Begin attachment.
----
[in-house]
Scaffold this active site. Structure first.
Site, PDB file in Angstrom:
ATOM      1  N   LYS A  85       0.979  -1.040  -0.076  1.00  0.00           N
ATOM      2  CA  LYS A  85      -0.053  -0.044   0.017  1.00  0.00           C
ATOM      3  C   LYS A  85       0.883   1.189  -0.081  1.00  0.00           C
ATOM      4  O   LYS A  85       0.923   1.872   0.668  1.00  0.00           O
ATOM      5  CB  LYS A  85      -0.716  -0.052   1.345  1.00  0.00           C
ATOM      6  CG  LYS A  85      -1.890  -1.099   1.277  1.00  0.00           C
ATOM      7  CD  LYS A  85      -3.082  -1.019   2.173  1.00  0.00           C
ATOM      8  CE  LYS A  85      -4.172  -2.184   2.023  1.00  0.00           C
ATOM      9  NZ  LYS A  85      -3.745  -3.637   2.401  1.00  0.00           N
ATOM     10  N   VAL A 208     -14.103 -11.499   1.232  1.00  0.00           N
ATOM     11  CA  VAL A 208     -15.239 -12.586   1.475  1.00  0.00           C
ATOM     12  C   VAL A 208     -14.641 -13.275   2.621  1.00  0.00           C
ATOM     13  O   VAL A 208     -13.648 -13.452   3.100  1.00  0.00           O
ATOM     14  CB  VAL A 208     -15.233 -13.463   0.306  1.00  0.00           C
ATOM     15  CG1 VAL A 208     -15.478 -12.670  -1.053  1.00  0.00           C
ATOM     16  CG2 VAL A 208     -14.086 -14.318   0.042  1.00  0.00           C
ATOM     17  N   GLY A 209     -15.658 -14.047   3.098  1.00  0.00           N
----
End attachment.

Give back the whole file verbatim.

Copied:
[in-house]
Scaffold this active site. Structure first.
Site, PDB file in Angstrom:
ATOM      1  N   LYS A  85       0.979  -1.040  -0.076  1.00  0.00           N
ATOM      2  CA  LYS A  85      -0.053  -0.044   0.017  1.00  0.00           C
ATOM      3  C   LYS A  85       0.883   1.189  -0.081  1.00  0.00           C
ATOM      4  O   LYS A  85       0.923   1.872   0.668  1.00  0.00           O
ATOM      5  CB  LYS A  85      -0.716  -0.052   1.345  1.00  0.00           C
ATOM      6  CG  LYS A  85      -1.890  -1.099   1.277  1.00  0.00           C
ATOM      7  CD  LYS A  85      -3.082  -1.019   2.173  1.00  0.00           C
ATOM      8  CE  LYS A  85      -4.172  -2.184   2.023  1.00  0.00           C
ATOM      9  NZ  LYS A  85      -3.745  -3.637   2.401  1.00  0.00           N
ATOM     10  N   VAL A 208     -14.103 -11.499   1.232  1.00  0.00           N
ATOM     11  CA  VAL A 208     -15.239 -12.586   1.475  1.00  0.00           C
ATOM     12  C   VAL A 208     -14.641 -13.275   2.621  1.00  0.00           C
ATOM     13  O   VAL A 208     -13.648 -13.452   3.100  1.00  0.00           O
ATOM     14  CB  VAL A 208     -15.233 -13.463   0.306  1.00  0.00           C
ATOM     15  CG1 VAL A 208     -15.478 -12.670  -1.053  1.00  0.00           C
ATOM     16  CG2 VAL A 208     -14.086 -14.318   0.042  1.00  0.00           C
ATOM     17  N   GLY A 209     -15.658 -14.047   3.098  1.00  0.00           N